FCA Discussion Paper DP21-4 Sustainability Disclosure Requirements and Investment Labels

It is now well accepted that financial services and markets have an important role to play if we are to transition to a more sustainable economy. But, as we highlighted in our report Time for Action: Greening the Financial System, Time for Action – Greening the Financial System FIC FPF Report there is a long way to go before the right financial behaviours are mainstreamed into financial markets.

A priority is ensuring that financial institutions are transparent and disclose how their activities are aligned with climate goals. This is important so that investors and others such as pension fund trustees can make effective decisions and to reduce the risk of ‘greenwashing’. If this is to happen, a robust and meaningful classification system (a ‘taxonomy’) is needed along with rules on how financial institutions should disclose degrees of compliance.

With this in mind, the Financial Conduct Authority has issued a Discussion Paper DP21-4 Sustainability Disclosure Requirements (SDR) and Investment Labels.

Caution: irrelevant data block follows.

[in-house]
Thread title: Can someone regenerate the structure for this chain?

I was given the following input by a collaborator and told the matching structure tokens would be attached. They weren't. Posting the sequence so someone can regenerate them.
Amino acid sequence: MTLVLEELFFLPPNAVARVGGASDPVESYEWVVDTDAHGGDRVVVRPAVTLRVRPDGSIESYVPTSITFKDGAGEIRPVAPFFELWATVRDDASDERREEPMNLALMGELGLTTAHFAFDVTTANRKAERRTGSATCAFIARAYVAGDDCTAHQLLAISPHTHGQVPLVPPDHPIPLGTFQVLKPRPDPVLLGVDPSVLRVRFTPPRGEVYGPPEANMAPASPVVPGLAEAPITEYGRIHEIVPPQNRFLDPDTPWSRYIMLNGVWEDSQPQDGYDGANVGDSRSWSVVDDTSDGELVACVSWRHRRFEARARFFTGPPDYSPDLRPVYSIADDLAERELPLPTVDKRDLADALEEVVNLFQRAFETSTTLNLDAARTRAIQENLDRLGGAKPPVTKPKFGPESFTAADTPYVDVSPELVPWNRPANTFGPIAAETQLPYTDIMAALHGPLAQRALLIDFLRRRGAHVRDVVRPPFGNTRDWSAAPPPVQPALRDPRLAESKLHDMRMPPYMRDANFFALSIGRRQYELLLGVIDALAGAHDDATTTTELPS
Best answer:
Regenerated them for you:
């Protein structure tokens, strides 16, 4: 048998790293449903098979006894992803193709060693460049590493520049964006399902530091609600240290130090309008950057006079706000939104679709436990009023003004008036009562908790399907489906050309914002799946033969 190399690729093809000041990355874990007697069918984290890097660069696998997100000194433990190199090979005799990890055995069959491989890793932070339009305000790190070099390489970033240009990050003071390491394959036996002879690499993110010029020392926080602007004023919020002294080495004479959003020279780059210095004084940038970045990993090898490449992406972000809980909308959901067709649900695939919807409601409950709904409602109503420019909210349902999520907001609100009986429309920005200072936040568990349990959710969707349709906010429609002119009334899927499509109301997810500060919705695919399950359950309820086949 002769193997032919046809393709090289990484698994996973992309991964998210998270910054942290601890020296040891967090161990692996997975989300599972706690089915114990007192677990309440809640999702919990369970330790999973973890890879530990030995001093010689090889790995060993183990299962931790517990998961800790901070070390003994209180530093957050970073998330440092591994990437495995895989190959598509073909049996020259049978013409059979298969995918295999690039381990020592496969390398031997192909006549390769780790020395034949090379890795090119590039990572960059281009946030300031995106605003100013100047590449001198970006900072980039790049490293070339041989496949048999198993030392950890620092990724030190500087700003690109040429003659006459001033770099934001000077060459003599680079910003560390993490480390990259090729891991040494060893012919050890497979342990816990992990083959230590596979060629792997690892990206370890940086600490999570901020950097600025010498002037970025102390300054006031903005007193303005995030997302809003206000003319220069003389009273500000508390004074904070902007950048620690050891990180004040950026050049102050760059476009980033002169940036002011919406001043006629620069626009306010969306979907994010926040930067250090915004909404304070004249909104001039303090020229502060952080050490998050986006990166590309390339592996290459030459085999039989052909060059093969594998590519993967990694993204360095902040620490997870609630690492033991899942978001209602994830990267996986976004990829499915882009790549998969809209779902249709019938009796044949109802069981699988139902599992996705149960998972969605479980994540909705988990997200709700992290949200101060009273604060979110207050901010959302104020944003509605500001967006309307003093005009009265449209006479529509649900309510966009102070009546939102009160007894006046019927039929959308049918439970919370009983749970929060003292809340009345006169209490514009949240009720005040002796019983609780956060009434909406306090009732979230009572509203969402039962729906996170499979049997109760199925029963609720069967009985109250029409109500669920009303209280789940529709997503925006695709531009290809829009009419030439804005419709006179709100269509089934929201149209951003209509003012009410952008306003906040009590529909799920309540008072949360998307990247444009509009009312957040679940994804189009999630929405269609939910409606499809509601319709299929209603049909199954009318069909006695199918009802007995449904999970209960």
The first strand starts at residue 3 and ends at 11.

The Financial Inclusion Centre has submitted its views on DP21-4. We argue that the current set of statutory objectives given to financial regulators, including the FCA, do not reflect the scale of the challenge if we are to align financial market behaviours with climate and other public policy goals.

On the specific proposals relating to disclosure and transparency contained in DP21-4, we supported some of the FCA’s initial proposals. The FCA wants to introduce a tiered approach to disclosing information.  This is appropriate as different external users of relevant data and information (such as investors, pension funds, civil society) will need to have access to (or be interested in) different levels of component data.

But, we have serious concerns about the classification system proposed by the FCA. The classification system proposed is not robust and could result in confusion. In particular, the low level criteria that financial institutions would have to meet to be allowed to market and promote their funds and products as ‘Responsible’ and ‘Sustainable’ could lead to greenwashing, misselling, misrepresentation, and investors inadvertently making poor financial decisions.

We are also very concerned about the lack of detail on how the FCA will supervise compliance with its rules and how claims made by financial institutions are to be independently audited to ensure that any label or rating system is not built on misleading foundations.

Our submission can be found here: Financial Inclusion Centre submission to FCA dp21-4 final